EGU General Assembly 2021
© Author(s) 2021. This work is distributed under
the Creative Commons Attribution 4.0 License.

Estimating phytoplankton species populations in irrigation ponds from drone-based imagery and in situ water quality sensing and sampling

Jaclyn E. Smith1,2,3, Billie J. Griffith2, Matthew D. Stocker1,2,3, Moon S. Kim2, and Yakov A. Pachepsky2
Jaclyn E. Smith et al.
  • 1University of Maryland, Environmental Science and Technology Department, College Park, MD, United States of America (
  • 2Environmental Microbial Food Safety Laboratory, United States Department of Agriculture, Beltsville, MD, United States of America
  • 3Oak Ridge Institute of Science and Education, Oak Ridge, TN, United States of America

Phytoplankton is known to affect freshwater habitats of pathogenic and indicator organisms in irrigation water sources. Cyanobacteria are associated with producing harmful toxins which can be transferred to crops, and the gene transfer between phytoplankton and pathogens is of interest particularly in connection with the antibiotic resistance in microorganisms. The objective of this work was to evaluate the possibilities of estimating phytoplankton populations in irrigation ponds by using separate and combined in situ water quality sensing/sampling and sUAS imagery. The study was conducted during a 5-month summer-early fall period at a working irrigation pond on Maryland’s Eastern shore, USA. In situ physical, biochemical, and nutrient measurements were taken at 34 locations in the pond with a total of 21 parameters. Phytoplankton species were enumerated using a modified Ütermohl method and then grouped into green algae, diatoms, and cyanobacteria. The imagery was obtained from an altitude of 120 meters using three modified GoPro cameras and a MicaSense camera. It was then clipped to represent the area around locations of sensing/sampling. The measured parameters were grouped into physical, biochemical, nutrient, and imagery datasets as inputs. Various combinations of these inputs constituted 17 different datasets used with machine learning algorithms. The target variables were the three groups of phytoplankton and the proportion of cyanobacteria in the total count of observed phytoplankton cells. The regression tree (RT) algorithm was applied to research the structure of the dataset and to determine the major influential variables. The random forest (RF) algorithm was applied to estimate the target variables for each of the 15 total datasets. With the RT analysis, nutrient concentrations appear to be influential for green algae and cyanobacteria proportion. After the nutrients were added to the physical and biochemical parameters in the RT analysis for these specific variables, the R2 went from 0.782 to 0.869 and from 0.678 to 0.758, respectively. The imagery alone provided moderate RT accuracy for green algae (R2=0.661) and cyanobacteria (R2=0.586), but less for diatoms (R2=0.483). The RT analysis provided good estimates for green algae with the R2 of 0.756 but was not efficient for diatoms (avg. R2=0.524), cyanobacteria (avg. R2=0.284), nor the proportion of cyanobacteria (avg. R2=0.524). In the random forest study, the most important predictors for green algae and cyanobacterial proportion were nutrient concentrations of potassium and calcium, respectively. MicaSense imagery at the red edge and near-infrared parts of the spectrum were among the most important predictors. The drone-based imagery provided information useful for the estimation and prediction of green algae. Influential input variables were different amongst phytoplankton groups. For the 17 input datasets, the overall accuracy increased in the sequence imagery < physical < biochemical < nutrient water quality parameters as inputs.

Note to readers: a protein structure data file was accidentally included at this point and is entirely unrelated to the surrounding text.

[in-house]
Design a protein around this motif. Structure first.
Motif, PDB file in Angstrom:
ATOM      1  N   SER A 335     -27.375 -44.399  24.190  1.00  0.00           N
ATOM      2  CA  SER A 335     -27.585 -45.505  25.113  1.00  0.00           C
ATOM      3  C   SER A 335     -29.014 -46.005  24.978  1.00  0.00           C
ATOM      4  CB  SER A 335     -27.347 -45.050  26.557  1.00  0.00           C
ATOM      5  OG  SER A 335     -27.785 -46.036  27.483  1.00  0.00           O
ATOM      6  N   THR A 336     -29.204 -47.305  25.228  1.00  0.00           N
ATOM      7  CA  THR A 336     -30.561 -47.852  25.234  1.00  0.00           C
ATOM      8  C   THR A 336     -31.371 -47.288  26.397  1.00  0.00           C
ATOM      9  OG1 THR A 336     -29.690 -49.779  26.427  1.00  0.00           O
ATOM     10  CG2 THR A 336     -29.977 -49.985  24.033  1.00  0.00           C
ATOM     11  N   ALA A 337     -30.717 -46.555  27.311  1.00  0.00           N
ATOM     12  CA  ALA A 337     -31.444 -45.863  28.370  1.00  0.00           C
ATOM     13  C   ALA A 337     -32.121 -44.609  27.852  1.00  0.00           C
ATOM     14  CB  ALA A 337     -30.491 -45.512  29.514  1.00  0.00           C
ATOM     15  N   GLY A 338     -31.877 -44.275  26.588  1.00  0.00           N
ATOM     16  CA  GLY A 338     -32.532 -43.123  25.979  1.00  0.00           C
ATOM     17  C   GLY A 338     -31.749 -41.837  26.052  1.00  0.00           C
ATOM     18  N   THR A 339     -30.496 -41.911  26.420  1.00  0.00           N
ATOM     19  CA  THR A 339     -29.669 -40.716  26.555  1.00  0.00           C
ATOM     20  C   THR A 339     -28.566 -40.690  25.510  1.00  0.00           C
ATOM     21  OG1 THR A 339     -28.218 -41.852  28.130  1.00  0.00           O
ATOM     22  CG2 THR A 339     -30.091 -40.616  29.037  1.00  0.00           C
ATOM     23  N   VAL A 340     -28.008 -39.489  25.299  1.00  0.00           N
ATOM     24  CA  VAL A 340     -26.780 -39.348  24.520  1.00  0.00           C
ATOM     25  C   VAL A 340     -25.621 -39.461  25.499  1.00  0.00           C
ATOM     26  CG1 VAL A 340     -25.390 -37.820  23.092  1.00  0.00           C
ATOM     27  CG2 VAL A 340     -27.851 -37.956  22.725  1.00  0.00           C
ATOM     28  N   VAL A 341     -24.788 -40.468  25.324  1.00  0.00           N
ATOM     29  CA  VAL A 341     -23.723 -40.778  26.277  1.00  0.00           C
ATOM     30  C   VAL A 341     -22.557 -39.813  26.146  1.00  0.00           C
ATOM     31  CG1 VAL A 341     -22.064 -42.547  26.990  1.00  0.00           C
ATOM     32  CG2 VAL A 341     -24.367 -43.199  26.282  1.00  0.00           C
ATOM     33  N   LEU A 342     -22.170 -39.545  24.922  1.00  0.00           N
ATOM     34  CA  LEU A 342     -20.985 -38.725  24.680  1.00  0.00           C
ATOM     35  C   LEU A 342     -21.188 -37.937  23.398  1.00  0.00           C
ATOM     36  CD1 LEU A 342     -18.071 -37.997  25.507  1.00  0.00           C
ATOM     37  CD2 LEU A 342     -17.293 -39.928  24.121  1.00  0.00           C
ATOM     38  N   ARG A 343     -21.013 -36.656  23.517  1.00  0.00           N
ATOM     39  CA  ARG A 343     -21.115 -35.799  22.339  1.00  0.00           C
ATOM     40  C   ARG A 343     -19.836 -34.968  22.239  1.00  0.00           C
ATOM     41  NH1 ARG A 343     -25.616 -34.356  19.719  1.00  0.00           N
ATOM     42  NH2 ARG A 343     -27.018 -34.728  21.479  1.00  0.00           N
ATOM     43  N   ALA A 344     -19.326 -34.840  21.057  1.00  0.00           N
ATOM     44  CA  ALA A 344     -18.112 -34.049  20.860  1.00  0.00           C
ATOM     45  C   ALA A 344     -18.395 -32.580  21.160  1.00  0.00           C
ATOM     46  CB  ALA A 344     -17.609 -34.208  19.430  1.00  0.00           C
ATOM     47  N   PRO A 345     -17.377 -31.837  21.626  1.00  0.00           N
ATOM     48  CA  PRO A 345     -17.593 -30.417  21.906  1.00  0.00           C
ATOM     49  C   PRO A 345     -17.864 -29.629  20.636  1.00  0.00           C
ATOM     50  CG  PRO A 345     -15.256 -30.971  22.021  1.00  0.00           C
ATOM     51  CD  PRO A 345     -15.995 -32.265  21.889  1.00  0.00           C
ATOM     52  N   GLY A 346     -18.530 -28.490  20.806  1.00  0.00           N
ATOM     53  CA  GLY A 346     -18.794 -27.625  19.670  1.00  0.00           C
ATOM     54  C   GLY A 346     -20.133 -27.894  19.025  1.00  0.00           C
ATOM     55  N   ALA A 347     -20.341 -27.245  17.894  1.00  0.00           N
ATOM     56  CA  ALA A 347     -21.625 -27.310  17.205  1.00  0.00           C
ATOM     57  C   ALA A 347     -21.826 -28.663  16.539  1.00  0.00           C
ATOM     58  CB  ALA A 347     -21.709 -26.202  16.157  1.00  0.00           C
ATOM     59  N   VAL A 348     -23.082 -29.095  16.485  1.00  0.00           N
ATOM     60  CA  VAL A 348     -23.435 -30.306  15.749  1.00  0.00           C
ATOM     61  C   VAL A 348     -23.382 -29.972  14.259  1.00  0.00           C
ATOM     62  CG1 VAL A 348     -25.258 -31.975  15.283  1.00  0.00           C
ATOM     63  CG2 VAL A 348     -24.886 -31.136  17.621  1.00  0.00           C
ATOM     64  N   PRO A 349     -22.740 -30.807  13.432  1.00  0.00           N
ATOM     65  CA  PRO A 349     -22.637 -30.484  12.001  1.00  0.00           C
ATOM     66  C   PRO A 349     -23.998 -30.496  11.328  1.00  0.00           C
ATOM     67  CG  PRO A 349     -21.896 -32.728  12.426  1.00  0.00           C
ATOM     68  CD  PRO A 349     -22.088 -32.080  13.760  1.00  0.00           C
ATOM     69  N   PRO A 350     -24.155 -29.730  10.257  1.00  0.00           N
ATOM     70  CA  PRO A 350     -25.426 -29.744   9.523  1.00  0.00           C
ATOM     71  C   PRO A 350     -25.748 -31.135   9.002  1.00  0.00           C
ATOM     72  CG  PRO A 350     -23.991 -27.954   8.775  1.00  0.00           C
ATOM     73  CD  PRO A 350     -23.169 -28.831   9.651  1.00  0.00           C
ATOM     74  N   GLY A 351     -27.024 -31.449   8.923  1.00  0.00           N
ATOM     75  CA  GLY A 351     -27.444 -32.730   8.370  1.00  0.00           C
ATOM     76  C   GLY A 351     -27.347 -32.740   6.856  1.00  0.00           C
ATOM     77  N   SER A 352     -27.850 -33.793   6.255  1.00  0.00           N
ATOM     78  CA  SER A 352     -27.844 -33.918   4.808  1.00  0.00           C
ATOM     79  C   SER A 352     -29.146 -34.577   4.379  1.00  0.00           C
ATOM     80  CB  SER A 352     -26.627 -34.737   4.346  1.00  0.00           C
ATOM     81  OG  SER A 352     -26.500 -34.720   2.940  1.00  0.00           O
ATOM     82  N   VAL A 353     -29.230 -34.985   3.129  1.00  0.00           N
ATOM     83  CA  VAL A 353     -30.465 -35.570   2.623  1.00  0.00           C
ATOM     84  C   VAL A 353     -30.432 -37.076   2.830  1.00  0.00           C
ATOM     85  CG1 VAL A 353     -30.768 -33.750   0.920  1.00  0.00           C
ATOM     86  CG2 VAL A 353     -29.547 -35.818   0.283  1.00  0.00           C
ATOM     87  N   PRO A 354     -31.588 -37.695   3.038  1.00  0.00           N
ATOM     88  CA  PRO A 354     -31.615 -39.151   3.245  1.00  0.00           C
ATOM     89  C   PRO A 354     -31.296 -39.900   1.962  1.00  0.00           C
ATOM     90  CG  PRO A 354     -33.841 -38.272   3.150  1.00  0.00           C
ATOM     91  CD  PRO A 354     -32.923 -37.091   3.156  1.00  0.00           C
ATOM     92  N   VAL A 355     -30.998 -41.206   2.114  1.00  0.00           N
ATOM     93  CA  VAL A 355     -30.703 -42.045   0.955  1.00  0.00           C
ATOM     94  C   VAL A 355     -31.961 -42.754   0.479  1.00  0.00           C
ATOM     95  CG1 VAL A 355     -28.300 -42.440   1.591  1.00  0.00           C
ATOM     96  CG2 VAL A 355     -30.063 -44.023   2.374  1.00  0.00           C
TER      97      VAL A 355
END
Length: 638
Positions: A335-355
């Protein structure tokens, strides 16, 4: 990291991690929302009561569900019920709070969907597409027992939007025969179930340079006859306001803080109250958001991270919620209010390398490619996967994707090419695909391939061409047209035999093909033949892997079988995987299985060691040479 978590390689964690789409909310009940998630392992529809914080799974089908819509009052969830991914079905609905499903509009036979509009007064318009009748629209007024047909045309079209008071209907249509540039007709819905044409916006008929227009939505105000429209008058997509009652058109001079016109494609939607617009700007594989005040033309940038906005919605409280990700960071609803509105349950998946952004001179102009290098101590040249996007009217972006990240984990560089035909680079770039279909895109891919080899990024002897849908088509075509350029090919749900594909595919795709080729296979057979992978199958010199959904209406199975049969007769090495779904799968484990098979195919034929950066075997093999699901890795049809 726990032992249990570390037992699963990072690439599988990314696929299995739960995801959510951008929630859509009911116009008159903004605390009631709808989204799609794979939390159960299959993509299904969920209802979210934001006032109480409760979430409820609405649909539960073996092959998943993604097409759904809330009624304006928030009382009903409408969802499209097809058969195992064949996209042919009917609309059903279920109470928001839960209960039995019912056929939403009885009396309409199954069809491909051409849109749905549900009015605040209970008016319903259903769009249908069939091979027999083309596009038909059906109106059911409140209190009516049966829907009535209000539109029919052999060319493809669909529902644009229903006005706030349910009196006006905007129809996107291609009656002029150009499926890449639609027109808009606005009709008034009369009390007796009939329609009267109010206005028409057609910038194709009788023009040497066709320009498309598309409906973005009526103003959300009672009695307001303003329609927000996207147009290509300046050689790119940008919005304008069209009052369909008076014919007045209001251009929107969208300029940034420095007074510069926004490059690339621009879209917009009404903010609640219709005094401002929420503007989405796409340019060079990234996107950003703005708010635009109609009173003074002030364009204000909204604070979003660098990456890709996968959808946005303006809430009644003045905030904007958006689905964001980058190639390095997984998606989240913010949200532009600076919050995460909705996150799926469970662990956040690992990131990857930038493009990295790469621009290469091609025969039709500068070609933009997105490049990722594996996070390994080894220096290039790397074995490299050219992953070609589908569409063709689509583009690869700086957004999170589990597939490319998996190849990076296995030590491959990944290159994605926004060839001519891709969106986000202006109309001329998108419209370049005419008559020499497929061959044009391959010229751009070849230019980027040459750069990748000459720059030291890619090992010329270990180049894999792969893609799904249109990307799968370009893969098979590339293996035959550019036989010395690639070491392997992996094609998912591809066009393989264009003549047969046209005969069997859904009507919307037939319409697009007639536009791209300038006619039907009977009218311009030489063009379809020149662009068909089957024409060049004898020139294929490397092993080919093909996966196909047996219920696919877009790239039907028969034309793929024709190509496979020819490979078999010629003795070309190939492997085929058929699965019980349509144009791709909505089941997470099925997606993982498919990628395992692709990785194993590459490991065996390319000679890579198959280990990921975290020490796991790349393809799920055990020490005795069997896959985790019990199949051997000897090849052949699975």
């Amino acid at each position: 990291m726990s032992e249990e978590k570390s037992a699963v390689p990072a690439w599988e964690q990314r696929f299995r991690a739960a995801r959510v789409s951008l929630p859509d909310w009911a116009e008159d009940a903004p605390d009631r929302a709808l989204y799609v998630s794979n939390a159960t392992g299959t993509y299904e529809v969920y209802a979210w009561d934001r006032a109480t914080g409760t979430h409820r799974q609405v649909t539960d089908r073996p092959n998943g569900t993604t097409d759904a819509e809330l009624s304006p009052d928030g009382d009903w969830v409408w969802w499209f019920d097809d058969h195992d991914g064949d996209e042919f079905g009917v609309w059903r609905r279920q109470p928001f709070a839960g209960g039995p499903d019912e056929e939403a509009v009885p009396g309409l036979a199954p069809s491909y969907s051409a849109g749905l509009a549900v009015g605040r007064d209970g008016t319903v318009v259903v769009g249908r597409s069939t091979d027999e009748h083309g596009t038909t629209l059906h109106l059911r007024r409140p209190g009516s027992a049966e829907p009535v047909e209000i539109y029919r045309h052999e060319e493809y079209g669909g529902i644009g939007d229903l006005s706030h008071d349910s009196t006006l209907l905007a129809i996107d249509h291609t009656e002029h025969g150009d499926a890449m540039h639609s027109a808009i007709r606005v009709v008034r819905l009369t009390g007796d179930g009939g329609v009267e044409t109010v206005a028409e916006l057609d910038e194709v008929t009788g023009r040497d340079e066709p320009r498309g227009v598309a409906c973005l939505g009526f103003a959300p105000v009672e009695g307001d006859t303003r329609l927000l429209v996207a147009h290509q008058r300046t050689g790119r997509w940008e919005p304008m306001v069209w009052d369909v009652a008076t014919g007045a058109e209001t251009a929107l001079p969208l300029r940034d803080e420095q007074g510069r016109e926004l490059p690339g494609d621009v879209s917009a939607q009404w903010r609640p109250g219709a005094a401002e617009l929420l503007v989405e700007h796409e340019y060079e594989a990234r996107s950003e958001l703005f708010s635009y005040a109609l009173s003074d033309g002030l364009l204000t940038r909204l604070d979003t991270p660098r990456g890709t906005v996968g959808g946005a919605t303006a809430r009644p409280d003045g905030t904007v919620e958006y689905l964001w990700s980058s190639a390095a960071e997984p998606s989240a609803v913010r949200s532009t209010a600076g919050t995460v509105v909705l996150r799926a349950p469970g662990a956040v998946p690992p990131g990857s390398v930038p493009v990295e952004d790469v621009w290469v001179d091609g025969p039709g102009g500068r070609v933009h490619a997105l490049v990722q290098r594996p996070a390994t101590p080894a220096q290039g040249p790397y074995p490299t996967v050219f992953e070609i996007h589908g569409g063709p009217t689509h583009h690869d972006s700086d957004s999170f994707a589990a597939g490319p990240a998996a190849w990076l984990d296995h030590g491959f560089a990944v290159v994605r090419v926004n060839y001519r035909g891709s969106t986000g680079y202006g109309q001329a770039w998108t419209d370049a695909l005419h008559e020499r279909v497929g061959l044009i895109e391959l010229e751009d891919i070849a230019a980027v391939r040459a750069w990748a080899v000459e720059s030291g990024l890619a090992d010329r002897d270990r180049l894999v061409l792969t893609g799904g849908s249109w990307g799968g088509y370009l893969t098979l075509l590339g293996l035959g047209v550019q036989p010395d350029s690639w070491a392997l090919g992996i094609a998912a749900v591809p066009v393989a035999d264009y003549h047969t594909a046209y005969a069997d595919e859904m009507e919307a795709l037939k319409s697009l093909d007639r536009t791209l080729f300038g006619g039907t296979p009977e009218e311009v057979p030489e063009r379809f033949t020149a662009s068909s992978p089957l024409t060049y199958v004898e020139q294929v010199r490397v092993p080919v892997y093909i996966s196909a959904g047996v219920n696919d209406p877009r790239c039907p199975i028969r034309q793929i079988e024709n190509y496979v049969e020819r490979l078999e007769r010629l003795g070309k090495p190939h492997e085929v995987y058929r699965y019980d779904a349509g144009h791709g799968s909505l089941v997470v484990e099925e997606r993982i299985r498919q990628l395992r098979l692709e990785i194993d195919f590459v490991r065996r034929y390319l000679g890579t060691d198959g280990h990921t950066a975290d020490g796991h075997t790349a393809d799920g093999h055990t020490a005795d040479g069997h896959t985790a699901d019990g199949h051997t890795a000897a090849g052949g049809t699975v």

How to cite: Smith, J. E., Griffith, B. J., Stocker, M. D., Kim, M. S., and Pachepsky, Y. A.: Estimating phytoplankton species populations in irrigation ponds from drone-based imagery and in situ water quality sensing and sampling, EGU General Assembly 2021, online, 19–30 Apr 2021, EGU21-6395,, 2021.